Along the way, she re
...more
Susan
Oct 21, 2011 rated it really liked it  ·  review of another edition
I had the privilege of reading a galley of this book and was asked to blurb it. I only blurb books I like...and I really liked this one. Disturbing, yes. The whole concept of human use of animals for human benefit is frightening because it exists. No amount of 'this is just a story' takes away from the fact that modern research still uses primates. That said, the main story of a man in despair at the death of his wife, being watched over by that wife, is a lovely construct and tender without fal ...more
Megan Jones
Sep 23, 2012 rated it it was amazing
Shelves: favorites
This book was more amazing than I expected! There were so many dimensions to this moving novel. I found myself laughing, crying and relating to this book on so many levels. The author creates authentic characters whose flaws you sympathize with, whose happiness you smile with, and whose heartbreak brought tears to my eyes even sitting on an airplane. A quote on the book jacket so accurately recommends to "read it if you share your life with an animal, but more importantly, read it if you haven't ...more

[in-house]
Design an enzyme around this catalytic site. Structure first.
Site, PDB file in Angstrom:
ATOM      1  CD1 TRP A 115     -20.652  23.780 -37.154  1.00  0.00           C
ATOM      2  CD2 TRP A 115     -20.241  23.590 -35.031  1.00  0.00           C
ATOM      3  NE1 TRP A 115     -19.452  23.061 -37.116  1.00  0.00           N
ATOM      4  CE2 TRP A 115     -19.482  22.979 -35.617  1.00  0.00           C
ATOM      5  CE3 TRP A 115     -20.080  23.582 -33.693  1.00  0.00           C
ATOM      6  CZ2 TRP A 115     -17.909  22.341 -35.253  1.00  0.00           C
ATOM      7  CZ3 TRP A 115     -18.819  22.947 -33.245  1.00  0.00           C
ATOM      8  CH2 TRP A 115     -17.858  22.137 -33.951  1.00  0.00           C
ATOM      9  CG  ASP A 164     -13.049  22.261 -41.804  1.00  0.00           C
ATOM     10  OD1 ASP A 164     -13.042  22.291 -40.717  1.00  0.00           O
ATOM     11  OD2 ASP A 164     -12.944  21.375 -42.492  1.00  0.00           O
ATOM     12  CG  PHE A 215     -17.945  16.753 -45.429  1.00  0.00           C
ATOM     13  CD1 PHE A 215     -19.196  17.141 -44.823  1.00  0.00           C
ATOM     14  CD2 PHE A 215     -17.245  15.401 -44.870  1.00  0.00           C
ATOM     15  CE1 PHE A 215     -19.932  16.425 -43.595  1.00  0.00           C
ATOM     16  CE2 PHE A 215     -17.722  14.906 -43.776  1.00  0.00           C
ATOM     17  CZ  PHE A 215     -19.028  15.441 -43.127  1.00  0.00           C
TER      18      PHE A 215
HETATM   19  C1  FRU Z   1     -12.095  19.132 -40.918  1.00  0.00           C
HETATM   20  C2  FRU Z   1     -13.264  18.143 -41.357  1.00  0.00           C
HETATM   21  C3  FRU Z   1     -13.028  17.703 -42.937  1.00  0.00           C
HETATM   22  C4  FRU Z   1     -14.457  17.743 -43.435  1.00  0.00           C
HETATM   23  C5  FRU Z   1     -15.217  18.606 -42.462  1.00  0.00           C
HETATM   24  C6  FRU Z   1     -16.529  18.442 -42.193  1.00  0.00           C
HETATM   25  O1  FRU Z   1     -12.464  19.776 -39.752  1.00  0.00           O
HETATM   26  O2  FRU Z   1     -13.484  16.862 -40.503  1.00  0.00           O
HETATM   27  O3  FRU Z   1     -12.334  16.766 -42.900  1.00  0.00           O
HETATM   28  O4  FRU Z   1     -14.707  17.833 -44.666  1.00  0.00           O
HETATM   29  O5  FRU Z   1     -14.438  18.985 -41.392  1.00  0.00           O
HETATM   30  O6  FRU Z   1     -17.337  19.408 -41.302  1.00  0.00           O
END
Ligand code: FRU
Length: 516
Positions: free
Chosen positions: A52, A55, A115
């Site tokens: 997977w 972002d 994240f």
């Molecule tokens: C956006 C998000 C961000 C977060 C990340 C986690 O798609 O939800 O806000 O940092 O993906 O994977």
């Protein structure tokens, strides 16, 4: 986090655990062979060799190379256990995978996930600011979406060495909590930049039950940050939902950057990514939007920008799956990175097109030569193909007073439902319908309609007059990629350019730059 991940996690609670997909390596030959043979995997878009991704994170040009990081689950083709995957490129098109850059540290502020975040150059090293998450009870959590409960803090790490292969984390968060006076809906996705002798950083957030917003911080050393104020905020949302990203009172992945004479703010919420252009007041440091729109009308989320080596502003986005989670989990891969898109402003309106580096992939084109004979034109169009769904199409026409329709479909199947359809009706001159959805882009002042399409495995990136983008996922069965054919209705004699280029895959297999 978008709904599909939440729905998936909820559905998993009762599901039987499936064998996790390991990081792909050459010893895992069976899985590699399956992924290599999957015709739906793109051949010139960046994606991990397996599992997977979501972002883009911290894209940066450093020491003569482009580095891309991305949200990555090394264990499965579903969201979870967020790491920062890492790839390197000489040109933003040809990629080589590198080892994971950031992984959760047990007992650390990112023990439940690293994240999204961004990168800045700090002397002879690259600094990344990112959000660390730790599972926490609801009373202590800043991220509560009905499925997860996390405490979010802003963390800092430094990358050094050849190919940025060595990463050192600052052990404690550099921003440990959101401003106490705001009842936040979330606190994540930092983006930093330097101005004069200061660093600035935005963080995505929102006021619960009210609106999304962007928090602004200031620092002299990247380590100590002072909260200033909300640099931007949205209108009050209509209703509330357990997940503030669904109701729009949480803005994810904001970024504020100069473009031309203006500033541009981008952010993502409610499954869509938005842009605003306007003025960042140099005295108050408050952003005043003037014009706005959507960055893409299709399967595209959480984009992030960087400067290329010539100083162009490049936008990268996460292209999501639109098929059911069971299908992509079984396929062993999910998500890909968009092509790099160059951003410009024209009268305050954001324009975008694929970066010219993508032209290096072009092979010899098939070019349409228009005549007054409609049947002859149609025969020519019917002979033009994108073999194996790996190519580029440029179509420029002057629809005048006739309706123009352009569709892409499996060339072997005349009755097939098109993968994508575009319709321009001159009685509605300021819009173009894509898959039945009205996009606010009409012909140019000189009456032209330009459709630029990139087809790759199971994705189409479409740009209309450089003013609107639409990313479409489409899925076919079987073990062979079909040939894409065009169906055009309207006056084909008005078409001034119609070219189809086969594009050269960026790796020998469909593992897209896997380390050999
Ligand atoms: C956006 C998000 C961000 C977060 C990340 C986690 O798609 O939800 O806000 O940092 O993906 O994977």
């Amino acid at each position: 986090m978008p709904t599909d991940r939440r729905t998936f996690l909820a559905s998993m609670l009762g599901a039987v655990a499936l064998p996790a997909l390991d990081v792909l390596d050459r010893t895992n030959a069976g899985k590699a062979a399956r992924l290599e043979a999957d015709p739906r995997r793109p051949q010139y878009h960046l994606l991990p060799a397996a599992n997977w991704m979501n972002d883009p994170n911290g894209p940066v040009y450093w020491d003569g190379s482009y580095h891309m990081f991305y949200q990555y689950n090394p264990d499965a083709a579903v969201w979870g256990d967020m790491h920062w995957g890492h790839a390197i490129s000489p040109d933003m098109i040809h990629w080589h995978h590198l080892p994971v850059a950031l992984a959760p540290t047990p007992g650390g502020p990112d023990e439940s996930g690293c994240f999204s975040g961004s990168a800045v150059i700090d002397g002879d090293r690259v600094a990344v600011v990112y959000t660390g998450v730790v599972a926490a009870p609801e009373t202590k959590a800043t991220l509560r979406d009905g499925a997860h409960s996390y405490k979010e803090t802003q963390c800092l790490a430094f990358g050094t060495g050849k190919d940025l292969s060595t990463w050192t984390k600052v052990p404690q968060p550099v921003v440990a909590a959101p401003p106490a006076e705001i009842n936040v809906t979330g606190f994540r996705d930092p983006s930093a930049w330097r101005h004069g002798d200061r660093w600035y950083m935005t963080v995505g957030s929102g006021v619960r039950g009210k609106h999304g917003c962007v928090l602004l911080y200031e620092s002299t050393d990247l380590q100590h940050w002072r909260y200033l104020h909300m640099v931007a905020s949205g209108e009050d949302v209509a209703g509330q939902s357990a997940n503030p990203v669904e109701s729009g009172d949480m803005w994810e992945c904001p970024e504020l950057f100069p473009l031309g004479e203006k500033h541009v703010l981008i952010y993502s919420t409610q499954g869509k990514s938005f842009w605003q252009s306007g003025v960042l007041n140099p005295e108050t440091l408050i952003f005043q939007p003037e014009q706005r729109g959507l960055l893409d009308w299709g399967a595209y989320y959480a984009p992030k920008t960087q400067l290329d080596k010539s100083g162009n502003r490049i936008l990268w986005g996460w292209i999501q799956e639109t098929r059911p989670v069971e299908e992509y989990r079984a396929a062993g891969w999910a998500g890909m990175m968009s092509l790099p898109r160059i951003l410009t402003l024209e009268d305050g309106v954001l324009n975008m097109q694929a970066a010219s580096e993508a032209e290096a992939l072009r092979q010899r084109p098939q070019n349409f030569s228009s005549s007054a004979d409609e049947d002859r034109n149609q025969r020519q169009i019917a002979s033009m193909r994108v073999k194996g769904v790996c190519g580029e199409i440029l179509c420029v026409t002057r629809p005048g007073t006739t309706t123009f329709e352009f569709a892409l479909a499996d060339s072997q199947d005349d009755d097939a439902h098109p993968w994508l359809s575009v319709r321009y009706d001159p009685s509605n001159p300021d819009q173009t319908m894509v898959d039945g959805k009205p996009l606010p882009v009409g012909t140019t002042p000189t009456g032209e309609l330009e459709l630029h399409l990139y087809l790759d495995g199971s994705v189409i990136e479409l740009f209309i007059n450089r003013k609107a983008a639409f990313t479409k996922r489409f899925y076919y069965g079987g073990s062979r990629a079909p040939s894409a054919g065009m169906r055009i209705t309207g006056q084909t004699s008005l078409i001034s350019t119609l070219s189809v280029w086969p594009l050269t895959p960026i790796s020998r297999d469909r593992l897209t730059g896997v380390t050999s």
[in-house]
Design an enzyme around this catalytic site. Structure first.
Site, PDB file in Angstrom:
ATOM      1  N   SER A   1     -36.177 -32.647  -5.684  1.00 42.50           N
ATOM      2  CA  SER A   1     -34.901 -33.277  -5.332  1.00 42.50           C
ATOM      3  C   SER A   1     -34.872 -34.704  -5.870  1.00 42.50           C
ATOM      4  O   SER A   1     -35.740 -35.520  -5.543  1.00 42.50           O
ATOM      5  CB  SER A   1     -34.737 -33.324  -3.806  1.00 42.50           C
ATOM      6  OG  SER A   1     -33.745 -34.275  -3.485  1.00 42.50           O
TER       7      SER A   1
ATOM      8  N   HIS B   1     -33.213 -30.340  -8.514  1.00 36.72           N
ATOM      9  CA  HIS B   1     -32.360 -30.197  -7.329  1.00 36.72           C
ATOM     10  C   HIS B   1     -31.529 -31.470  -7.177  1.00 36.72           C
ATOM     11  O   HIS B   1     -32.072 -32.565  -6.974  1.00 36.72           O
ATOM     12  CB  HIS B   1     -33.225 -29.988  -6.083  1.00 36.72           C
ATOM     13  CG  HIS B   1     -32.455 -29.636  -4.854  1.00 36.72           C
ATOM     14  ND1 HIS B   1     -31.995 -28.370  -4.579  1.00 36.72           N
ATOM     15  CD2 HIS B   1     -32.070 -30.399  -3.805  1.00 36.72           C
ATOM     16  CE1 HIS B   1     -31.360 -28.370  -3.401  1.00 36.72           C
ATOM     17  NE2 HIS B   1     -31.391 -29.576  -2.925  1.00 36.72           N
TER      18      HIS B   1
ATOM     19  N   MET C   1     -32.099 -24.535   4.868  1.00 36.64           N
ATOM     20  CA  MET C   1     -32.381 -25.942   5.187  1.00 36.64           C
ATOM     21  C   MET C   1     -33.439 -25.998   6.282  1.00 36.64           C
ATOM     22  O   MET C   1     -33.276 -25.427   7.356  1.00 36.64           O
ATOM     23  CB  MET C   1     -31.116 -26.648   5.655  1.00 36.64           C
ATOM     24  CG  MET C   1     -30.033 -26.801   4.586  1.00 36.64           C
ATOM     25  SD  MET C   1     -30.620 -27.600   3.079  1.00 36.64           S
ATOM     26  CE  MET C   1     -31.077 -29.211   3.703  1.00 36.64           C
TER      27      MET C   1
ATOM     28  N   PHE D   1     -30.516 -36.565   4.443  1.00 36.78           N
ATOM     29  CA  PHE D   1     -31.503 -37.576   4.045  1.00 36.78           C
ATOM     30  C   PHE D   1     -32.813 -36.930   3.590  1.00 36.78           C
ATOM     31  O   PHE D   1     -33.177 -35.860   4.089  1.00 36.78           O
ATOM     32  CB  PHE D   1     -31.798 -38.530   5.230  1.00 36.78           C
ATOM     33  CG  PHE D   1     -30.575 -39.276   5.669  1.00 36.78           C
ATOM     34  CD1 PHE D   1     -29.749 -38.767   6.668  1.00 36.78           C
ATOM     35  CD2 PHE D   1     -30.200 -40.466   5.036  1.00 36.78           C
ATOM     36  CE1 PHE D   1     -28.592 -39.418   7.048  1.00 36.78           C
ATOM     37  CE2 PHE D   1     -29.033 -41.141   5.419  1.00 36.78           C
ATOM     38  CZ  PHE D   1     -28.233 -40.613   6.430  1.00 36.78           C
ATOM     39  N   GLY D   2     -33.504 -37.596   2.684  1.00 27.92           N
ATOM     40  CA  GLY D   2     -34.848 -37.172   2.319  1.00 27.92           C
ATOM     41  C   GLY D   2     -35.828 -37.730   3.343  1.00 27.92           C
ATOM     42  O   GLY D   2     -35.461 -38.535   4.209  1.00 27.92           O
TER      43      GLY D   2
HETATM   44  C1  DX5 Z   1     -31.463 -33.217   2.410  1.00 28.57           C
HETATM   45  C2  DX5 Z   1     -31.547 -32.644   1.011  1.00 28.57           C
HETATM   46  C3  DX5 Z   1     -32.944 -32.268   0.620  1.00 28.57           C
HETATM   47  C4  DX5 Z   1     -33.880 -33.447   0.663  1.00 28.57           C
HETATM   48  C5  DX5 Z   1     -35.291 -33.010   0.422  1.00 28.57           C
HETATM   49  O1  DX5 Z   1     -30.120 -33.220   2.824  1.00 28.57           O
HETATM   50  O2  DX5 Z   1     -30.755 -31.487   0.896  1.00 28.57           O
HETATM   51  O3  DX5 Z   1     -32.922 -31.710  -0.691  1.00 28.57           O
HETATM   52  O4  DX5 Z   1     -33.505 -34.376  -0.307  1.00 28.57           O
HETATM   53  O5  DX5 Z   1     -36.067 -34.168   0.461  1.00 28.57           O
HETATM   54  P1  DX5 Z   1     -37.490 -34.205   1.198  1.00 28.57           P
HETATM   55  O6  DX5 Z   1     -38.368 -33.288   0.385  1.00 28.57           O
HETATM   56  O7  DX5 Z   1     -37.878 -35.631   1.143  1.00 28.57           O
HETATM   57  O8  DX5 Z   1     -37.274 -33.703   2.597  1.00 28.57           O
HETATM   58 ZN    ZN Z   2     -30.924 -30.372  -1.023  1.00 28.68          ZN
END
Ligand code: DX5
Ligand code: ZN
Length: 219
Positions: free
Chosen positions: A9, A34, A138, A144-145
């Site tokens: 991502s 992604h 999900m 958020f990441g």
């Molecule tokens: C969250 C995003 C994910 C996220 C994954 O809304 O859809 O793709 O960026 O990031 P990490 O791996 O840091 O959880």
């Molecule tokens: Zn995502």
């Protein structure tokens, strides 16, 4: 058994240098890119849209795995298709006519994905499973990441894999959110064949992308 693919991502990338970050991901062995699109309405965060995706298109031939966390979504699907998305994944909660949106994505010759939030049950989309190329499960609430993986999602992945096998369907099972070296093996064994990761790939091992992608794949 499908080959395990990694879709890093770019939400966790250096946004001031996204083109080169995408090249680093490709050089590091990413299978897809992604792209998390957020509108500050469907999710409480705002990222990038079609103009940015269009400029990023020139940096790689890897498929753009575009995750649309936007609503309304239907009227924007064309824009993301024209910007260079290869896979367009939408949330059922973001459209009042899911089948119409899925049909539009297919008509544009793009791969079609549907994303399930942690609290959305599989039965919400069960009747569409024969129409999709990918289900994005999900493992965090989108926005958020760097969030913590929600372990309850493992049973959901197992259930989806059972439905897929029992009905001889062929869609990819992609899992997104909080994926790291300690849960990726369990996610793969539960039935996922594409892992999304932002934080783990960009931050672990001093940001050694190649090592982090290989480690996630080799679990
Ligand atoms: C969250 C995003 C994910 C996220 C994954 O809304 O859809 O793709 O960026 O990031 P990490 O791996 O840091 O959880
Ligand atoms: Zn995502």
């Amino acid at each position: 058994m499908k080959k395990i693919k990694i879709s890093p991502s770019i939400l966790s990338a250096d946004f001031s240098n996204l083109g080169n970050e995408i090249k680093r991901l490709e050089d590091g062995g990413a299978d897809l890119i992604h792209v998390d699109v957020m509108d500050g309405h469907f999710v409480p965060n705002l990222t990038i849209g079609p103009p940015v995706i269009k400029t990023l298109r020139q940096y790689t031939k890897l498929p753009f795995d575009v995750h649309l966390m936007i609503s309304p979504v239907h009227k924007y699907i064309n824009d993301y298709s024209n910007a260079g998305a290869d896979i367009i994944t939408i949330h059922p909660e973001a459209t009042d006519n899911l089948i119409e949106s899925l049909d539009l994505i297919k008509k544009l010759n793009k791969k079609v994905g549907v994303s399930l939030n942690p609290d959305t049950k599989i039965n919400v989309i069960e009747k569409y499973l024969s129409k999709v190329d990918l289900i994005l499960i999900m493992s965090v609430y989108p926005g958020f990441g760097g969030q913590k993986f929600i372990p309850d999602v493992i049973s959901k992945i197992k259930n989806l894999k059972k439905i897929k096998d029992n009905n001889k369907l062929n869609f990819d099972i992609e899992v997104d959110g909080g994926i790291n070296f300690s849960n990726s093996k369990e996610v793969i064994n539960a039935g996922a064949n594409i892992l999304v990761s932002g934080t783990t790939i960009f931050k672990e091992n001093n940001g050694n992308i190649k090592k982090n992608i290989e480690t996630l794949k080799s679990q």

☮Karen
Mar 29, 2012 rated it really liked it  ·  review of another edition
3.5 stars. 5 stars for the subject matter and the fact that there were many very beautiful thoughts and phrases used throughout. Points deducted for some of the ways the storyline bounced back and forth, depending on where the narrator felt pulled, and things just being a bit too tidy in the end. The narrator is the ghost of David's recently deceased wife, Helena, who was a veterinarian and animal rights advocate. David is surrounded in their home by her vast collection of pets, from cats and do ...more
Sara
This one is a book group read, not really my style of book. It wasn't bad, I read it quickly.

I felt this book was about loss and grief and the way people and animals deal with this in their lives. I did not pick up on the theme of the healing power of animals until I read other's comments on the book.

I liked the fact that the narrator has passed away. Books like that are interesting, giving an unusual insight.

Other than that, I don't have much more to comment on. And, no, I don't know the differ
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Diane S ☔
Aug 23, 2011 rated it really liked it  ·  review of another edition
3.5 Loved the writing, the storyline was a little repetitive at the end, but all in all a must read for pet lovers. Ethical debate on the treatment of animals, but endearing and humorous too.
Antonia
Jan 24, 2013 rated it it was amazing
I don't know if you've ever read a book that has made you change the way you look at the world, or what you see when you open your inner eyes to the world, but I think that for me this book really was a life-changing experience. A true masterpiece, with stardust and pure wisdom all over it.

I won't say anything about the plot, because I want to leave it raw and unexplored for your eyes and your hearts. Saying something about how things eventually turned out and how the characters felt or evolved